That is the nature of streams. Asynchronous execution. If the scheduler enforced a depth-first order, someone would complain who wanted breadth-first. And if the scheduler enforced breadth first, someone would complain who wanted depth first.

On the contrary, the scheduler seeks to maximize performance within the constraints you give it.

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Thanks, txbob.
I think that without a timeline, there is a little misunderstanding here. While I agree with you that the scheduler is optimizing the GPU performance, the setup does not efficiently manage the PCIe I/O.
Here is what currently happens:

|===H2D===||====K1====| |K2||===D2H===||===H2D===||====K1====| etc
|===H2D===| |====K1====| |K2||===D2H===||===H2D===| |====K1====| etc
|===H2D===| |====K1====| |K2||===D2H===||===H2D===| etc

As you can see there is a bunch of time in there where no I/O is occurring and then all the outputs compete. There is some overlap of the D2H and H2D transfers, unlike the above depiction shows. Alternatively I would like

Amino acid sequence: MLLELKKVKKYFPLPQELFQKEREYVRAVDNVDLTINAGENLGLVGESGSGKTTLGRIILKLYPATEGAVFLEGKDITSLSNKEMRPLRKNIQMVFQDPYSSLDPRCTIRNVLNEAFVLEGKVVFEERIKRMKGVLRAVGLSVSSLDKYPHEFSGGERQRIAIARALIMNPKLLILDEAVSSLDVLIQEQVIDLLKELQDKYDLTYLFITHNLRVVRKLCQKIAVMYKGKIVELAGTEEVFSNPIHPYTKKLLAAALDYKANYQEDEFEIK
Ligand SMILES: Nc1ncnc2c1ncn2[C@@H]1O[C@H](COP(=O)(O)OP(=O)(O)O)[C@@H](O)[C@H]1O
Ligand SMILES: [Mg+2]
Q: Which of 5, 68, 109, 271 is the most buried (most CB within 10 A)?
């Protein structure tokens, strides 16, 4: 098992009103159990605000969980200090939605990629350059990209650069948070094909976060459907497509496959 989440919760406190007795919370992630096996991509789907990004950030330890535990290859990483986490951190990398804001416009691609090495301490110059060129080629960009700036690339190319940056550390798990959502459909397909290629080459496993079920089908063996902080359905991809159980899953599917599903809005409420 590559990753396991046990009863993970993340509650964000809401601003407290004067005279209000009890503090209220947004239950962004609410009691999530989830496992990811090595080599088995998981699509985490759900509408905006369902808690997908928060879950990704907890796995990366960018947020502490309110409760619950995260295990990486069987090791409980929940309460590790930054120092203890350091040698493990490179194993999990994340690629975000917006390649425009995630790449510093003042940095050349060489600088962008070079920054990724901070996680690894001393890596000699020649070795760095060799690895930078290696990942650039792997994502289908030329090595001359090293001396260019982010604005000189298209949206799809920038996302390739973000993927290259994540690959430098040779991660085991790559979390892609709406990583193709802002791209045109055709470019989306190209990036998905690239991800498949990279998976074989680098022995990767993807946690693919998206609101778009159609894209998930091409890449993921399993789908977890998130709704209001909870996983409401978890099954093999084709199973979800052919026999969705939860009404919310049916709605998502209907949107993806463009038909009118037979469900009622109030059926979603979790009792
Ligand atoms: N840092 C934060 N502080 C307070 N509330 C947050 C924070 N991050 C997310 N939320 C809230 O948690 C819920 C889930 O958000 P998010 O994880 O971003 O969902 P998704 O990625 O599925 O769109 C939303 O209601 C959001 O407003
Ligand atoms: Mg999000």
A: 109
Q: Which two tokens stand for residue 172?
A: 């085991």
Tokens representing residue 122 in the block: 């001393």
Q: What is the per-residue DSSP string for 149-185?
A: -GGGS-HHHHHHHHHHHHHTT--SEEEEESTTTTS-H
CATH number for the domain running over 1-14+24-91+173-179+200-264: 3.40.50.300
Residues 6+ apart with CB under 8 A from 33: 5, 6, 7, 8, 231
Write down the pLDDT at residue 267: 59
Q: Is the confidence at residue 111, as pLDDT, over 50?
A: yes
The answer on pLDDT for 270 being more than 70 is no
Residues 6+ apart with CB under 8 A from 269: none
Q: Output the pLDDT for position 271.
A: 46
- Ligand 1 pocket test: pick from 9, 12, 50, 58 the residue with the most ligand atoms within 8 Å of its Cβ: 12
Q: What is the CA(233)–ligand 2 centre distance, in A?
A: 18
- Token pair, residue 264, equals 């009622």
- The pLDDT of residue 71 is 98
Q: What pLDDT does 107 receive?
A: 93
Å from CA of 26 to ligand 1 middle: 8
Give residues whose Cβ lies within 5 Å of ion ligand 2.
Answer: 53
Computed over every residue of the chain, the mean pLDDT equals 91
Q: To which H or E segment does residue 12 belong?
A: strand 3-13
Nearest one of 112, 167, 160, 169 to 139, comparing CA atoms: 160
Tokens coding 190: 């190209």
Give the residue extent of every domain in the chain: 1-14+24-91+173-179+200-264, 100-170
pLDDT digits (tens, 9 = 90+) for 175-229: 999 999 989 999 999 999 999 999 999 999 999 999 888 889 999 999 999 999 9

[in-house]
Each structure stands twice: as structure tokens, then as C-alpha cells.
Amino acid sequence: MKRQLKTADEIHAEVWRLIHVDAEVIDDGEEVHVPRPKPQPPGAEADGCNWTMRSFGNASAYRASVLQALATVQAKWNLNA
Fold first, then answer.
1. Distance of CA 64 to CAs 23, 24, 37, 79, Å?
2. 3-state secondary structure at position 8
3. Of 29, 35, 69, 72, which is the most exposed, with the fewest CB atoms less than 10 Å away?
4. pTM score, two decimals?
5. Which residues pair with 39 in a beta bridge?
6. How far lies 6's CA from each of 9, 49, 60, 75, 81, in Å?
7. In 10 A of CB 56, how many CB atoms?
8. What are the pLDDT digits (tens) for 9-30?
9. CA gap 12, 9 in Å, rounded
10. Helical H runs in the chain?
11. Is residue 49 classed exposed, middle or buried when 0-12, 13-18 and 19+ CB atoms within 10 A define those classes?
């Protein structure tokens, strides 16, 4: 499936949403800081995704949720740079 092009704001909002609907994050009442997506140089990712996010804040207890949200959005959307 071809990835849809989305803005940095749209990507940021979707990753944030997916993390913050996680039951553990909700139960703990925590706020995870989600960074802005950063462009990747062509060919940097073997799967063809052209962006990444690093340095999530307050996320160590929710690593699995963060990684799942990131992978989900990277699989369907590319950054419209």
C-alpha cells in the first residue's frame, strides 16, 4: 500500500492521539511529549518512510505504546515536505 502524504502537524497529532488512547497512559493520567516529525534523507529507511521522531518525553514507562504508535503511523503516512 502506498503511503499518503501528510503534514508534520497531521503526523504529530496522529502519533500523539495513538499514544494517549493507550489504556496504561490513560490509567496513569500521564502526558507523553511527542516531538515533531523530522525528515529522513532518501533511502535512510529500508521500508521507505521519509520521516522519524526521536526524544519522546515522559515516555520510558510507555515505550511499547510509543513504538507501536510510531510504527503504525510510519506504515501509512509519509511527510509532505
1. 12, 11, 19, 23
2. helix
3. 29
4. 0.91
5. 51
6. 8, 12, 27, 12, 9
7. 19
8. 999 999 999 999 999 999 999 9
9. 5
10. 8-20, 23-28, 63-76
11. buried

|===H2D===||====K1====||K2||===D2H===||===H2D===| |====K1====||K2| etc
|===H2D===| |====K1====||K2||===D2H===||===H2D===| |====K1====| etc
|===H2D===| |====K1====||K2||===D2H===||===H2D===| etc

I believe that the second version of the timeline gives me more throughput.

I see that my spaces were optimized out, so it didn’t show what I wanted

Basically because the K2 time is short, the output transfers all happen essentially at once and compete, extending the timeline. If we think about keeping the PCIe busy then we process depth first.

You can avoid having the spaces “optimized out” by marking the section of text as a code block.

As it currently stands:

|===H2D===||====K1====|                        |K2||===D2H===||===H2D===||====K1====| etc
 |===H2D===|           |====K1====|                |K2||===D2H===||===H2D===|        |====K1====| etc
  |===H2D===|                      |====K1====|        |K2||===D2H===||===H2D===| etc

So there is a lot of time where no I/O is happening, and instead it’s all bunched at the end.
The way I would like it:

|===H2D===||====K1====||K2||===D2H===||===H2D===|          |====K1====||K2| etc
 |===H2D===|               |====K1====||K2||===D2H===||===H2D===|          |====K1====||K2| etc